Friday, September 28, 2007

In Pakistan, army rule legalized by Supreme Court

The dismissal by Pakistan’s Supreme Court of petitions, challenging Pervez Musharraf from standing for re-election as President, even as he holds the post of Army chief, at one stroke removed any hope of a legal end to army rule in Pakistan. The 6-3 decision by Supreme Court judges on Friday in fact legalizes army rule in Pakistan.

On October 6, it appears that Pervez Musharraf will stand for President while also holding the post of chief of Pakistan’s army. In effect a victory for Musharraf will be a victory for the army and its continued dominance of Pakistani politics. Government lawyers, who first said that the President would resign from the army post if re-elected, later prevaricated.

The government, the Supreme Court, and the army were in fact rolled into one when under the The Oath of Judges Order 2000 the judges in Pakistan took a fresh oath of office swearing allegiance to military rule. Judges had to swear that they would not make decisions against the military rule.

The struggle for democracy will now move more dramatically to the streets. If earlier, opponents of Musharraf, political parties opposed to him, and the lawyers had hoped that the Supreme Court would rule in their favor, they will now have to take their protests to the street.

Musharraf is seeking re-election from a Parliament whose term ends in October this year, and his party has a majority in this parliament that was elected in 2002 at the peak of the General’s power. Once Musharraf is re-elected, and the army consolidate their rule, they will likely call for a general election, and they and their minions will decide who can contest and who will not. That may include former prime minister Benazir Bhutto, but will very definitely exclude another former prime minister, Nawaz Sharif.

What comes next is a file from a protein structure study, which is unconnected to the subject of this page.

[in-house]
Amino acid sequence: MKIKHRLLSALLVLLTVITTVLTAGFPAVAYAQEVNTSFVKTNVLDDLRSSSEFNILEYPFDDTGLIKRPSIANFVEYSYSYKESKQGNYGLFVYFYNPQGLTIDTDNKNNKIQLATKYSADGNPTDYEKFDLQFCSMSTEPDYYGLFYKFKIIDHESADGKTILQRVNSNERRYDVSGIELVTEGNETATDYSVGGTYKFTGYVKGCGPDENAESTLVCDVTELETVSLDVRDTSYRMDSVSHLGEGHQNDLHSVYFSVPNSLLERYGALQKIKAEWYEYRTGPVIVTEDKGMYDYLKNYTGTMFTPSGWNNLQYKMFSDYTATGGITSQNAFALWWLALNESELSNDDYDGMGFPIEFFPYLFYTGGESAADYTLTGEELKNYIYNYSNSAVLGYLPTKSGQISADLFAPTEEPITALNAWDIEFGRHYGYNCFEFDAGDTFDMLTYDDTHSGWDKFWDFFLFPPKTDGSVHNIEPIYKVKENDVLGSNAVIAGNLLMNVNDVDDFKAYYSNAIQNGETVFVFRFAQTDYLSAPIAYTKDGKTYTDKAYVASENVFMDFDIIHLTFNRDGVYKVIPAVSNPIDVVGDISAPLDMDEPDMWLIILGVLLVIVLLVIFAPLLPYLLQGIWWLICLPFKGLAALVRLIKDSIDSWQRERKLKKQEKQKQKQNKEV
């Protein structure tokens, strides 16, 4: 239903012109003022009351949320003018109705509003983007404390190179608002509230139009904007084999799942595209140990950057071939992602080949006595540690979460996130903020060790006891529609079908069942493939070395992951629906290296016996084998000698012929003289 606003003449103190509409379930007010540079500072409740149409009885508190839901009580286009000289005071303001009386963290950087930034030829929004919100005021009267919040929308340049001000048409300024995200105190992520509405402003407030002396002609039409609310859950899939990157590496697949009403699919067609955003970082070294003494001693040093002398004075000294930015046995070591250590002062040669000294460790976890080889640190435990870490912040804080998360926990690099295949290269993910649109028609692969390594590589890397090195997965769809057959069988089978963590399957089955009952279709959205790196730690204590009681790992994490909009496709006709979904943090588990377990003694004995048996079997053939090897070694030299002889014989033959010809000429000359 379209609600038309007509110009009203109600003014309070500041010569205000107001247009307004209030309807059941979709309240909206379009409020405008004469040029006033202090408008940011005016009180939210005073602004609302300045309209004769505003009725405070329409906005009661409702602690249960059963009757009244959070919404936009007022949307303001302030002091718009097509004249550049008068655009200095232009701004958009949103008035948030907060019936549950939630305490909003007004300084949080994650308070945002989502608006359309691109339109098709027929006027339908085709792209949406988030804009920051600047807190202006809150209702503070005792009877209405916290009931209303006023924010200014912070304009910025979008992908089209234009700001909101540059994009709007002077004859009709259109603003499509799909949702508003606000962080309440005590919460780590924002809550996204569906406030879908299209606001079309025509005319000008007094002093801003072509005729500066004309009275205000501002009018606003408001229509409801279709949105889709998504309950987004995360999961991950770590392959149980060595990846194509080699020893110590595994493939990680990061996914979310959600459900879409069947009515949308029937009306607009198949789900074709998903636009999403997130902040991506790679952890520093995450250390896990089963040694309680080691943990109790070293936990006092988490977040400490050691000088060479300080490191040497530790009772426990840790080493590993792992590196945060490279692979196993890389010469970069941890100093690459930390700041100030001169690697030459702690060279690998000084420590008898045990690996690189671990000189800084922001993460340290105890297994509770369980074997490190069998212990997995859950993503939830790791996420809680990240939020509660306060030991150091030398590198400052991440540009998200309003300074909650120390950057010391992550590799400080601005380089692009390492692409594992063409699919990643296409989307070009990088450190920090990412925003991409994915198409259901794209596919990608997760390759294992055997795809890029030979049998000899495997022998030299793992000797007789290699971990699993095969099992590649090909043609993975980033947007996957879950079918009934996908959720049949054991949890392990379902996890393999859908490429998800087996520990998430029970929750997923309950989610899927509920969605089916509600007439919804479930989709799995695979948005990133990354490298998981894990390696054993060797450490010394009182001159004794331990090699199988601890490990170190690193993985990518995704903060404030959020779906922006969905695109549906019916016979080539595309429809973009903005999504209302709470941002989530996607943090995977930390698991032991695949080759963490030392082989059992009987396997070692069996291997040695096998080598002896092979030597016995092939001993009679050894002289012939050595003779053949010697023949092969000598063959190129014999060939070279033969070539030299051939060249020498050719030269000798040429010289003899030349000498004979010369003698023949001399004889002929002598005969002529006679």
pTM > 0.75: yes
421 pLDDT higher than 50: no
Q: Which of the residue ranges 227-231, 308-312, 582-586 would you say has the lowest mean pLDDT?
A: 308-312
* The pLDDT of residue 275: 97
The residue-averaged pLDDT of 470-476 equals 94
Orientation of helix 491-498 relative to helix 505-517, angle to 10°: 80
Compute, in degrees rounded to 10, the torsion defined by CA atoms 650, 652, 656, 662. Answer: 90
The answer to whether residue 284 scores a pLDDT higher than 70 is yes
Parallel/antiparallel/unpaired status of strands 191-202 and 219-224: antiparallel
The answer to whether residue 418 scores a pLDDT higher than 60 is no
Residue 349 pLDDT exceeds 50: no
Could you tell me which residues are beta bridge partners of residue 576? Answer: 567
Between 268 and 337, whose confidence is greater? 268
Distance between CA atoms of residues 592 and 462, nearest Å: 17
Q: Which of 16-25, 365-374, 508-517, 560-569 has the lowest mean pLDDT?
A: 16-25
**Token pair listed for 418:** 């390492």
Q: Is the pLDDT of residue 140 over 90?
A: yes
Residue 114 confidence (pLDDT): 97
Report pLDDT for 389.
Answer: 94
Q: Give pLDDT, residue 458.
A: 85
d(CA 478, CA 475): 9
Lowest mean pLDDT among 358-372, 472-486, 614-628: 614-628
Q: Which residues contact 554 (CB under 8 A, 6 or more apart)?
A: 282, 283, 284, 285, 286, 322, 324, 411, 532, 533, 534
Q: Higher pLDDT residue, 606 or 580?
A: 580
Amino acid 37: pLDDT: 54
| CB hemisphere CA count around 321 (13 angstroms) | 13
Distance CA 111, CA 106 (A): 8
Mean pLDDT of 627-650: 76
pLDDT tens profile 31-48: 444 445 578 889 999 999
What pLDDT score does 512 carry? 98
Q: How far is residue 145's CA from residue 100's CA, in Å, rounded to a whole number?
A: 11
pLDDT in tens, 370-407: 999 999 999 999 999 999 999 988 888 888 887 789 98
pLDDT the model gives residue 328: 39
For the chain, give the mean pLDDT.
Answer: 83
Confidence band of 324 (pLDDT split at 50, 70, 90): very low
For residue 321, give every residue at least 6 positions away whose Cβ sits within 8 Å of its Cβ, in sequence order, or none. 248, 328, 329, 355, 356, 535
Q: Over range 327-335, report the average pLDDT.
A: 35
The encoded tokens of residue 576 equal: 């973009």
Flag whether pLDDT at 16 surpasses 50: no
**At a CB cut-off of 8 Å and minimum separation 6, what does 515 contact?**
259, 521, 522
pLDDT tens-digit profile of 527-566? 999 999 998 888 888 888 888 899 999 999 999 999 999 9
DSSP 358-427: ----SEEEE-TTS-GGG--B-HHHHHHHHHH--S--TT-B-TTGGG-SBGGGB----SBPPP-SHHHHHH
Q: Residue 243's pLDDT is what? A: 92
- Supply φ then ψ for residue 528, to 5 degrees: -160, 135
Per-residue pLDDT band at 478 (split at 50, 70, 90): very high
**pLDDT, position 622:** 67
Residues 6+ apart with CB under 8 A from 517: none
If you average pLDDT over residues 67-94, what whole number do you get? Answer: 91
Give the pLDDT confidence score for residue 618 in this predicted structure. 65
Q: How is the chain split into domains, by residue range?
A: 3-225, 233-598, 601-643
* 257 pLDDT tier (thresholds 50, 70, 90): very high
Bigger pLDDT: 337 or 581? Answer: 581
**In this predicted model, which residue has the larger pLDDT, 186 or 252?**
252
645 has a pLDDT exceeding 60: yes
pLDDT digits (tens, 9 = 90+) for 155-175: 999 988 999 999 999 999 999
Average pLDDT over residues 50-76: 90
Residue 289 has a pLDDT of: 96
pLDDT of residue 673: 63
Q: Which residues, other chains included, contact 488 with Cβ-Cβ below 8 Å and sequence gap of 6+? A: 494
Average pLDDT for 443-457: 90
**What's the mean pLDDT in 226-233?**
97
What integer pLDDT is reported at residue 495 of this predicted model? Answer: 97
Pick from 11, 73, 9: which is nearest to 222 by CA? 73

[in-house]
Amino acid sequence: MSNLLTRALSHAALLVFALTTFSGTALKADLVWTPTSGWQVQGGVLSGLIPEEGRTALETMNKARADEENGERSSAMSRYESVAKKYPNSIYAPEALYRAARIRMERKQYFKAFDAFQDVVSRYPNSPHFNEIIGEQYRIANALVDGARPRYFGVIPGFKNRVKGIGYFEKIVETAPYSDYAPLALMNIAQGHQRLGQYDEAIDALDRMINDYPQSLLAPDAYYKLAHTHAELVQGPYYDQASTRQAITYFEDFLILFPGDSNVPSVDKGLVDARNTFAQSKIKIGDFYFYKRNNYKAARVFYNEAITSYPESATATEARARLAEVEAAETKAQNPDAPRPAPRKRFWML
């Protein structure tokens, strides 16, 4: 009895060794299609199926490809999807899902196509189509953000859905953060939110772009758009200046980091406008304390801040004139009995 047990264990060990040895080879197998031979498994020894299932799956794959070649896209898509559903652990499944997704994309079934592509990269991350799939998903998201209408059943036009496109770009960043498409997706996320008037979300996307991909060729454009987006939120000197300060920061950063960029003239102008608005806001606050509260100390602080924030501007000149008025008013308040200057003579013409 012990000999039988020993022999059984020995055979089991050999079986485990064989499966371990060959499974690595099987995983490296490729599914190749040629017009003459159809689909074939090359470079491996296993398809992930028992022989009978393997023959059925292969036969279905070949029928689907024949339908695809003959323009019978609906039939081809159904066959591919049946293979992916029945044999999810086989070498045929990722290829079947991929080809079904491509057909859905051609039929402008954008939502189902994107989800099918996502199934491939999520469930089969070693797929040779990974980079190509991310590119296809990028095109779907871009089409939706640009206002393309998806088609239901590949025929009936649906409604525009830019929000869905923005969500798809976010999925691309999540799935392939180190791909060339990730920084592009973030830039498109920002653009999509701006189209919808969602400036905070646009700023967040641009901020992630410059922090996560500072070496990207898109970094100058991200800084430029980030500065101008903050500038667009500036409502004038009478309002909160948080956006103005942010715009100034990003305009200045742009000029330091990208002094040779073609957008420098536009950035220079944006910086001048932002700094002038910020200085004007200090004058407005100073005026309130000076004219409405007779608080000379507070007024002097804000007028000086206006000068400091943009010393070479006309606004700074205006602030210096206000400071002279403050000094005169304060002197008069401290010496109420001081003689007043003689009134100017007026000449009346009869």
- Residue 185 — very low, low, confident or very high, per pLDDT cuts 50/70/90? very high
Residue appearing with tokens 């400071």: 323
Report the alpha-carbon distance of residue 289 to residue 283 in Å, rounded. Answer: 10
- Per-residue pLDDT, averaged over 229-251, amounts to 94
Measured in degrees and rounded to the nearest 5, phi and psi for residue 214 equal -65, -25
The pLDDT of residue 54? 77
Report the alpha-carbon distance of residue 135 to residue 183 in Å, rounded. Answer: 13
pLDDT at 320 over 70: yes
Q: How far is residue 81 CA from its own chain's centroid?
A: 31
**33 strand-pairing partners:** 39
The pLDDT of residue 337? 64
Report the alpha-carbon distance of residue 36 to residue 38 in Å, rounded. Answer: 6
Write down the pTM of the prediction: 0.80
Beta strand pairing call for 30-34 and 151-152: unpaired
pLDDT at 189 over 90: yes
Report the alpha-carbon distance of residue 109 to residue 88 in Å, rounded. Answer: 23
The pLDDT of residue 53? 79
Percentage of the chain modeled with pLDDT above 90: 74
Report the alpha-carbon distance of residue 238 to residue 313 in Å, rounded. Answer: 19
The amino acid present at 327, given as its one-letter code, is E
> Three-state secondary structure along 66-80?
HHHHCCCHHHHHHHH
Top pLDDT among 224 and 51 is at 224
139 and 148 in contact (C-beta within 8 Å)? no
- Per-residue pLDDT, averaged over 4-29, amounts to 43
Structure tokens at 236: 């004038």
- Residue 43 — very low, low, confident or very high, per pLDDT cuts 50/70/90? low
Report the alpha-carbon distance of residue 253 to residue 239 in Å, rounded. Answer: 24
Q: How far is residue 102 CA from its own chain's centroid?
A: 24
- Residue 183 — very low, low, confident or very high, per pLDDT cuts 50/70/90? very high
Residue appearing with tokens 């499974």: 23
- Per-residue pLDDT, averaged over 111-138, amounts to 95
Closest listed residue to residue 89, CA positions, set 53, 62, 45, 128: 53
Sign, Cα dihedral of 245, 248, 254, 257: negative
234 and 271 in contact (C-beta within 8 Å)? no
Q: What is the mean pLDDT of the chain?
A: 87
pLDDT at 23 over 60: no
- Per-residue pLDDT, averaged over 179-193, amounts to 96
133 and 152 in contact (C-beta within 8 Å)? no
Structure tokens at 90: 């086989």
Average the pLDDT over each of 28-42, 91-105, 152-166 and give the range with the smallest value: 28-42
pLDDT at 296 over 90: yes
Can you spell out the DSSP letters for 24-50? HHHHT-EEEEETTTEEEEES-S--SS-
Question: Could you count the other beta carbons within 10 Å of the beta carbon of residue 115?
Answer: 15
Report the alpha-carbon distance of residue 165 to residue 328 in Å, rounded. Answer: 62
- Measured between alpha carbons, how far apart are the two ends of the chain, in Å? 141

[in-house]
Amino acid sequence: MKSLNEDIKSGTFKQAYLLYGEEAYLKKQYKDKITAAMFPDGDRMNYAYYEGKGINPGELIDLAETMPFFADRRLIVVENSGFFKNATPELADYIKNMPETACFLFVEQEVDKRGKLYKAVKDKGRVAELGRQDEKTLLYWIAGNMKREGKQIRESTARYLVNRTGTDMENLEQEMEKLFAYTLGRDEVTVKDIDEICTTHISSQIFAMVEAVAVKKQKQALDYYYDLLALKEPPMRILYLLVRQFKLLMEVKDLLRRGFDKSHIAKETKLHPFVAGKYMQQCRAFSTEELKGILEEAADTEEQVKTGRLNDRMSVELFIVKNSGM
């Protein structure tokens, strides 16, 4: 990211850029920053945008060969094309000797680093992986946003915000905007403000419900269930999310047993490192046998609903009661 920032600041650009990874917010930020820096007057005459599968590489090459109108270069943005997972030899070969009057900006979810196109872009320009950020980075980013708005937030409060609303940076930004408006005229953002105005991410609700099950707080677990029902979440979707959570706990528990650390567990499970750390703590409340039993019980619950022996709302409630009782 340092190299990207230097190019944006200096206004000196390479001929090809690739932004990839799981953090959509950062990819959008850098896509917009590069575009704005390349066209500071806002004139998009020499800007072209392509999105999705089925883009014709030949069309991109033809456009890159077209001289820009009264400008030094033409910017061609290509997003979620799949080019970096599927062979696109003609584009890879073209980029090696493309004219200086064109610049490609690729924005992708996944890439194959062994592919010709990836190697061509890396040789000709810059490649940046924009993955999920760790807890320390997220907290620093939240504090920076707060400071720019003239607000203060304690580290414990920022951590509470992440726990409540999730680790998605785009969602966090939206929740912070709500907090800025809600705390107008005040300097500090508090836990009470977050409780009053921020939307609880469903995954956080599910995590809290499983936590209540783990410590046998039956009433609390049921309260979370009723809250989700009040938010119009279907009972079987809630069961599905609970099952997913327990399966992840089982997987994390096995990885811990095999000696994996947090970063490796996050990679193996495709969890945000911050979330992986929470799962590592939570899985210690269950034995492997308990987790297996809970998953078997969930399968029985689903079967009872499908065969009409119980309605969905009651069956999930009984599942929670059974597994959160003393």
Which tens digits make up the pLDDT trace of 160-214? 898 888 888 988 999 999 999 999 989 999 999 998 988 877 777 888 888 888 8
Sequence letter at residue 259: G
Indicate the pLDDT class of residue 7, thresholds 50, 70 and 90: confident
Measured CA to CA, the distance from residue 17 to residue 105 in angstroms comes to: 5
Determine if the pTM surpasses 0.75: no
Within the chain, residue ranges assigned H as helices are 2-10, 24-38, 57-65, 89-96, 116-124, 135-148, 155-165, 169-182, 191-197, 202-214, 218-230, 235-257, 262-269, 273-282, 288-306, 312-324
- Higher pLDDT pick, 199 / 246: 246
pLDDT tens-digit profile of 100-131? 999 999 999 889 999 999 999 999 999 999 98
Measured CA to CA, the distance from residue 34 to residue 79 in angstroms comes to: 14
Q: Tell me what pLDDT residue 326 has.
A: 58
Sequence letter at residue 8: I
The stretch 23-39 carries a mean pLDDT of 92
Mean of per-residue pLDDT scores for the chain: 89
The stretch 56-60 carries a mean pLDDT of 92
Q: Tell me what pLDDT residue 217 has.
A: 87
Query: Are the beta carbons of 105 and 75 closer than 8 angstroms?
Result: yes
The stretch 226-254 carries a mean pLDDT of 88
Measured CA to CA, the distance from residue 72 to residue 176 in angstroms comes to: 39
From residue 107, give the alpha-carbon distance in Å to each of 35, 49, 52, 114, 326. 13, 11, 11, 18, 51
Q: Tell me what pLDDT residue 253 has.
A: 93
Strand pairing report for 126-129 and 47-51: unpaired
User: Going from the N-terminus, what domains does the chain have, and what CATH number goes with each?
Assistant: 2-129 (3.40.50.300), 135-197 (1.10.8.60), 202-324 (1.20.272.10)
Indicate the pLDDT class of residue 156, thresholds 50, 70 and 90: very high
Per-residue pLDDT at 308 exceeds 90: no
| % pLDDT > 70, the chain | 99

It is only the people of Pakistan who can prevent this bizarre sequence of events from unfolding. Close allies like the US have long ago thrown their weight behind Musharraf, and are evidently proud that their boy has made it past the petitions in the Supreme Court.

Related articles:

US policy in Pakistan hypocritical
In Pakistan, Osama bin Laden more popular than Musharraf
Musharraf: I don't want to be unemployed !

1 comment:

Political TV said...

"Once Musharraf is re-elected, and the army consolidate their rule, they will likely call for a general election, and they and their minions will decide who can contest and who will not."

This is representative of World Politics, this sort of thing happens everywhere - silencing of the opponents when they're in power.